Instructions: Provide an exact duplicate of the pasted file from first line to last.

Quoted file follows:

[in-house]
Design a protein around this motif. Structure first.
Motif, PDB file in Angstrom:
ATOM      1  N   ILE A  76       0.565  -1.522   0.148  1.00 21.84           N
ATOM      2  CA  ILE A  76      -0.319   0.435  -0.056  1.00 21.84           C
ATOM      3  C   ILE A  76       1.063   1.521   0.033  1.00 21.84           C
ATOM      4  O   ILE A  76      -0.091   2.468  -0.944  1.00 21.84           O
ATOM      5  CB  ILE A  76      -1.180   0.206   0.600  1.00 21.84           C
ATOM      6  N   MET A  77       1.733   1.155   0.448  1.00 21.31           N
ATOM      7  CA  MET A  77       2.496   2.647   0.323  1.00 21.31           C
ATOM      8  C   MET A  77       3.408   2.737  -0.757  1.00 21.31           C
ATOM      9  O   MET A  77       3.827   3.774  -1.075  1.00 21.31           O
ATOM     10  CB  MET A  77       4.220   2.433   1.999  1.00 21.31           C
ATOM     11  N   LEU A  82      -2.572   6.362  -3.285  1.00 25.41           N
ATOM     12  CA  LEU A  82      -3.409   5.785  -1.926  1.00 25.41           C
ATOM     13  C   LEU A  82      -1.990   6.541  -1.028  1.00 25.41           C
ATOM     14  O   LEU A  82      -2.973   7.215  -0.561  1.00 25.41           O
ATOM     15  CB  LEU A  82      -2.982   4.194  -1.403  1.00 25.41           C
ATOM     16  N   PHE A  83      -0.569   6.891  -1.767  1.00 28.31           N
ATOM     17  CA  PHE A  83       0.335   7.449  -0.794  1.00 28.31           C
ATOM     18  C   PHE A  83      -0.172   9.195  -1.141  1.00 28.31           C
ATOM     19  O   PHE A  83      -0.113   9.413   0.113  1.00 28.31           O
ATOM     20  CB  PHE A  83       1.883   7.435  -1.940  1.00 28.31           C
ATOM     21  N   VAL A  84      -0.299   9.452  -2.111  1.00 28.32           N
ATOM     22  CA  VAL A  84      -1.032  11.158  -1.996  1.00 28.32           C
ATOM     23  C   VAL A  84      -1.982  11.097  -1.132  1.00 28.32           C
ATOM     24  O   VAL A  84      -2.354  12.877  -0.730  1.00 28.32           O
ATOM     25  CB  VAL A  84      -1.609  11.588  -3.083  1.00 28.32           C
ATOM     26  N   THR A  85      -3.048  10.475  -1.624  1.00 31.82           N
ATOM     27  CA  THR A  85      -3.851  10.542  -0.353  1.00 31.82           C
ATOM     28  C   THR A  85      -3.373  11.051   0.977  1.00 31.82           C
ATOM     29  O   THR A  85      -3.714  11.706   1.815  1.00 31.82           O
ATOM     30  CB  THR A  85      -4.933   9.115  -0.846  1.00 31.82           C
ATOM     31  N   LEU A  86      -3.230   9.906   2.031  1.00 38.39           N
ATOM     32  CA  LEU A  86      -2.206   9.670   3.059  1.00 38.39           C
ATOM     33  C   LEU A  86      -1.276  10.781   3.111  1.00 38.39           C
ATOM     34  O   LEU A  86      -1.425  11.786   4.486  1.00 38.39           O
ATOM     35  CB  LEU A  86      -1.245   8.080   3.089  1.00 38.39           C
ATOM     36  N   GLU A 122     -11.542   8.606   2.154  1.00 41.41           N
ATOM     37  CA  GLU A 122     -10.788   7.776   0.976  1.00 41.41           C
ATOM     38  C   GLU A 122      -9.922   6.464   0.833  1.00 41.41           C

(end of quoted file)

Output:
[in-house]
Design a protein around this motif. Structure first.
Motif, PDB file in Angstrom:
ATOM      1  N   ILE A  76       0.565  -1.522   0.148  1.00 21.84           N
ATOM      2  CA  ILE A  76      -0.319   0.435  -0.056  1.00 21.84           C
ATOM      3  C   ILE A  76       1.063   1.521   0.033  1.00 21.84           C
ATOM      4  O   ILE A  76      -0.091   2.468  -0.944  1.00 21.84           O
ATOM      5  CB  ILE A  76      -1.180   0.206   0.600  1.00 21.84           C
ATOM      6  N   MET A  77       1.733   1.155   0.448  1.00 21.31           N
ATOM      7  CA  MET A  77       2.496   2.647   0.323  1.00 21.31           C
ATOM      8  C   MET A  77       3.408   2.737  -0.757  1.00 21.31           C
ATOM      9  O   MET A  77       3.827   3.774  -1.075  1.00 21.31           O
ATOM     10  CB  MET A  77       4.220   2.433   1.999  1.00 21.31           C
ATOM     11  N   LEU A  82      -2.572   6.362  -3.285  1.00 25.41           N
ATOM     12  CA  LEU A  82      -3.409   5.785  -1.926  1.00 25.41           C
ATOM     13  C   LEU A  82      -1.990   6.541  -1.028  1.00 25.41           C
ATOM     14  O   LEU A  82      -2.973   7.215  -0.561  1.00 25.41           O
ATOM     15  CB  LEU A  82      -2.982   4.194  -1.403  1.00 25.41           C
ATOM     16  N   PHE A  83      -0.569   6.891  -1.767  1.00 28.31           N
ATOM     17  CA  PHE A  83       0.335   7.449  -0.794  1.00 28.31           C
ATOM     18  C   PHE A  83      -0.172   9.195  -1.141  1.00 28.31           C
ATOM     19  O   PHE A  83      -0.113   9.413   0.113  1.00 28.31           O
ATOM     20  CB  PHE A  83       1.883   7.435  -1.940  1.00 28.31           C
ATOM     21  N   VAL A  84      -0.299   9.452  -2.111  1.00 28.32           N
ATOM     22  CA  VAL A  84      -1.032  11.158  -1.996  1.00 28.32           C
ATOM     23  C   VAL A  84      -1.982  11.097  -1.132  1.00 28.32           C
ATOM     24  O   VAL A  84      -2.354  12.877  -0.730  1.00 28.32           O
ATOM     25  CB  VAL A  84      -1.609  11.588  -3.083  1.00 28.32           C
ATOM     26  N   THR A  85      -3.048  10.475  -1.624  1.00 31.82           N
ATOM     27  CA  THR A  85      -3.851  10.542  -0.353  1.00 31.82           C
ATOM     28  C   THR A  85      -3.373  11.051   0.977  1.00 31.82           C
ATOM     29  O   THR A  85      -3.714  11.706   1.815  1.00 31.82           O
ATOM     30  CB  THR A  85      -4.933   9.115  -0.846  1.00 31.82           C
ATOM     31  N   LEU A  86      -3.230   9.906   2.031  1.00 38.39           N
ATOM     32  CA  LEU A  86      -2.206   9.670   3.059  1.00 38.39           C
ATOM     33  C   LEU A  86      -1.276  10.781   3.111  1.00 38.39           C
ATOM     34  O   LEU A  86      -1.425  11.786   4.486  1.00 38.39           O
ATOM     35  CB  LEU A  86      -1.245   8.080   3.089  1.00 38.39           C
ATOM     36  N   GLU A 122     -11.542   8.606   2.154  1.00 41.41           N
ATOM     37  CA  GLU A 122     -10.788   7.776   0.976  1.00 41.41           C
ATOM     38  C   GLU A 122      -9.922   6.464   0.833  1.00 41.41           C